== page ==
Hong Kong store selling strawberries individually wrapped - for HK$168 - defends its packaging
The pricey fruit - sold as Valentine’s Day gifts - was imported from Japan pre-wrapped for ‘quality protection’, supermarket chain says, and it pledges to seek a balance between packaging and hygiene amid outcry from green groups
Hong Kong supermarket City’super has defended its selling of individually packaged strawberries – at HK$168 (US$21.70) each – and explained they are being sold as Valentine’s Day gifts.
“We have noted recent customer feedback [about] the packaging and we will seek to strike a balance between packaging and food protection,” the supermarket chain said.
The chain came under fire this week when images circulated on social media showing one Kotoka strawberry in a straw nest and plastic-covered paper box with a Styrofoam “sock” being sold at its Causeway Bay outlet in Times Square.
“The strawberry gift box was imported from Japan with its original packaging given its premium grade, rarity and fragility for quality protection ... From Kotoka, the strawberries are considered as delicacies of limited quantity and they are handpicked to ensure only the highest quality ones are harvested. It is intended as a Valentine’s Day gift ... we are hoping to bring more choices of premium fresh produce to Hong Kong customers,” City’super said.
It said the retail prices of its products are based on a number of considerations, including purchase price, transport costs, market conditions and product exclusivity.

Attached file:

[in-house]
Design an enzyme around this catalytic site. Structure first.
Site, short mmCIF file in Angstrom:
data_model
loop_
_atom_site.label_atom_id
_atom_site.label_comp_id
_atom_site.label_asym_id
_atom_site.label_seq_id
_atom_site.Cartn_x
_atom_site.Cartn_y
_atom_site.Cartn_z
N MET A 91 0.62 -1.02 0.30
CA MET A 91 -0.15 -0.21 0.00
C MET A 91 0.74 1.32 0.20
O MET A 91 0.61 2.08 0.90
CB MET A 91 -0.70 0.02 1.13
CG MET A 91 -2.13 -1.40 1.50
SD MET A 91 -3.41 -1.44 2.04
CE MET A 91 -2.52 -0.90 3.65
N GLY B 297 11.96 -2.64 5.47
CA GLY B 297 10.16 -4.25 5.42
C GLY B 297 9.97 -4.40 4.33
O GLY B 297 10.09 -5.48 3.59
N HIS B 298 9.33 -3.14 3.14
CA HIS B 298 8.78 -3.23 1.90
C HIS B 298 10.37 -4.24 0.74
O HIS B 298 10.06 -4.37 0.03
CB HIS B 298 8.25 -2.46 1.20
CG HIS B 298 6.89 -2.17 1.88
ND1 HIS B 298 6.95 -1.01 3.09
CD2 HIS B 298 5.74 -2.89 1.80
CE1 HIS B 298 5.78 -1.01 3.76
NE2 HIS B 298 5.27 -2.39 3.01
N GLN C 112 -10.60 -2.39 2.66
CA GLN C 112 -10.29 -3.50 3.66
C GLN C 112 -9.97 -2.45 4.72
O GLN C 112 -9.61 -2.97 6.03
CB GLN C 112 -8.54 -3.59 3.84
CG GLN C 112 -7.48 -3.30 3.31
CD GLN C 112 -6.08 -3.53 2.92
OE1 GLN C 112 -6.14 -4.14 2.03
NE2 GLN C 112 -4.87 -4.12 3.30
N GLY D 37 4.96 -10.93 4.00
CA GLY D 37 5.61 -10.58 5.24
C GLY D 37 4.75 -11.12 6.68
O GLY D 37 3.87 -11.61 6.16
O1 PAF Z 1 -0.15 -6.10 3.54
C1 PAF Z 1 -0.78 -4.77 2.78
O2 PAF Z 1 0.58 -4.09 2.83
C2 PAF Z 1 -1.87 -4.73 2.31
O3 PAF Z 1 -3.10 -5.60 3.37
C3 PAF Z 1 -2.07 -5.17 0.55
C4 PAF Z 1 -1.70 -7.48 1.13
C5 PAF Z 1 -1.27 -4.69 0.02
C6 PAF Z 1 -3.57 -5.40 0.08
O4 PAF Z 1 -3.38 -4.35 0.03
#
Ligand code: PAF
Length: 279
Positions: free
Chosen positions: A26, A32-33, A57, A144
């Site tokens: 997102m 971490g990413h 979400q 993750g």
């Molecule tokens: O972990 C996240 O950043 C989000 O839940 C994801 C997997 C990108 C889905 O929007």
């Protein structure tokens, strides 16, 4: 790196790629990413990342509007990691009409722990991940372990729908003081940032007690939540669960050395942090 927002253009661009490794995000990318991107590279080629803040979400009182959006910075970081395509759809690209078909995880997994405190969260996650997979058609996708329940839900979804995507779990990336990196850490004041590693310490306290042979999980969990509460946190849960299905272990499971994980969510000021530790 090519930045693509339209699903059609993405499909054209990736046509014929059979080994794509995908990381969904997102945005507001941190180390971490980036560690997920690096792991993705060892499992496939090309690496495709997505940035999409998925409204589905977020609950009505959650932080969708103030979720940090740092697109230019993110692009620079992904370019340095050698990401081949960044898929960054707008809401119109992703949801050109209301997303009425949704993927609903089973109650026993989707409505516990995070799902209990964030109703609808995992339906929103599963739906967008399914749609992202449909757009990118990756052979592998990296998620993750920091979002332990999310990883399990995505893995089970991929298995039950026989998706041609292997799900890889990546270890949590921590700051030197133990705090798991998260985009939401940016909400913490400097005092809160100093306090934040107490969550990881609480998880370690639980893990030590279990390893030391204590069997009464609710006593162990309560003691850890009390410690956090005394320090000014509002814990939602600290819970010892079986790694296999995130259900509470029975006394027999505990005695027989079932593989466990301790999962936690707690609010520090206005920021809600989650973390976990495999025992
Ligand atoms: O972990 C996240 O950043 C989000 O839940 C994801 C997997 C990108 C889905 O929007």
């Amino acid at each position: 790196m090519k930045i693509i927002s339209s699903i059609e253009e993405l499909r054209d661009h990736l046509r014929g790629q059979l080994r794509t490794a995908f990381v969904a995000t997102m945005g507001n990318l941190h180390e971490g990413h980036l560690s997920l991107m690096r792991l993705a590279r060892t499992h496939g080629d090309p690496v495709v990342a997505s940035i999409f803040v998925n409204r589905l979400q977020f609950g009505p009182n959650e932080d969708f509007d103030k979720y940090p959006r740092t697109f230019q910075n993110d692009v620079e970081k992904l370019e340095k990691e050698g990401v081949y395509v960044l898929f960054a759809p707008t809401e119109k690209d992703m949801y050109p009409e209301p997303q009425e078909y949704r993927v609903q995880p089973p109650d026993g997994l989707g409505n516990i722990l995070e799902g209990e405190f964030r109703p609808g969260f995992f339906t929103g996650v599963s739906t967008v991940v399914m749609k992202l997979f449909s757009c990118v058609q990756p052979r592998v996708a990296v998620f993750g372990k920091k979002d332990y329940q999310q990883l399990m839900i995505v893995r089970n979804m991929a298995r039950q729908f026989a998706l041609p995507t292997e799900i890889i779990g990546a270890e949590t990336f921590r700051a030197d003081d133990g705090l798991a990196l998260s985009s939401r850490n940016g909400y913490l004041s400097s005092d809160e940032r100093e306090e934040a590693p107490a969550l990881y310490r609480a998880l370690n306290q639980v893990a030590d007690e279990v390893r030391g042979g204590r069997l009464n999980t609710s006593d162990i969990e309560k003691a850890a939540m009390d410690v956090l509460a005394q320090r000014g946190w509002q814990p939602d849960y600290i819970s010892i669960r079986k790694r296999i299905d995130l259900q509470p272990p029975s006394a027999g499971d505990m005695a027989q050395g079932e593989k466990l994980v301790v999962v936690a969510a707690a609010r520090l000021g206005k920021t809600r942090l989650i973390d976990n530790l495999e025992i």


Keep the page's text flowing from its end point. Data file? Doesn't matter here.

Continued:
The retail chain – which operates in Hong Kong, China and Taiwan – said product quality, hygiene and environmentally friendliness are among its considerations in packaging fresh produce.
“In the past years, we have been gradually reducing the amount of pre-packed fruits and vegetables by introducing more loose sales of fruits and vegetables. On the other hand, we are also aware of customers’ concern [for] hygiene and [the] quality of products. Different packaging methods are used, depending on the level of fragility, storage and protection needs [of products].
“In view of this, we strive to research and study different viable ways of packaging. Biodegradable clear plastic bags and shopping bags, food trays and containers made of sugar cane fibre and ... cornstarch, are increasingly used to reduce the use of plastics in our stores.”
City’super said it would continue to make efforts to reduce packaging “while looking for better environmental friendly packaging methods to protect the environment”.
The sale of the individually wrapped strawberries drew fire from enviromental and conservation groups in Hong Kong, and comes as a petition is circulating in the city calling on supermarkets to reduce the use of plastic.
Gary Stokes, of Sea Shepherd Global, this week launched #trashthecheckout, a campaign pressuring supermarkets to be responsible in their choice of suppliers when it comes to excessive plastic packaging.
“We are saying we don’t want it in plastic and it’s time they [the supermarkets] listened,” says Stokes, who has compiled images from various supermarkets showing which produce can be sold without plastic packaging.
“That one heavily packaged strawberry sold in a box in City’super reminds me of something out of Mad Max – like it’s the last strawberry on Earth. It’s ridiculous,” he says.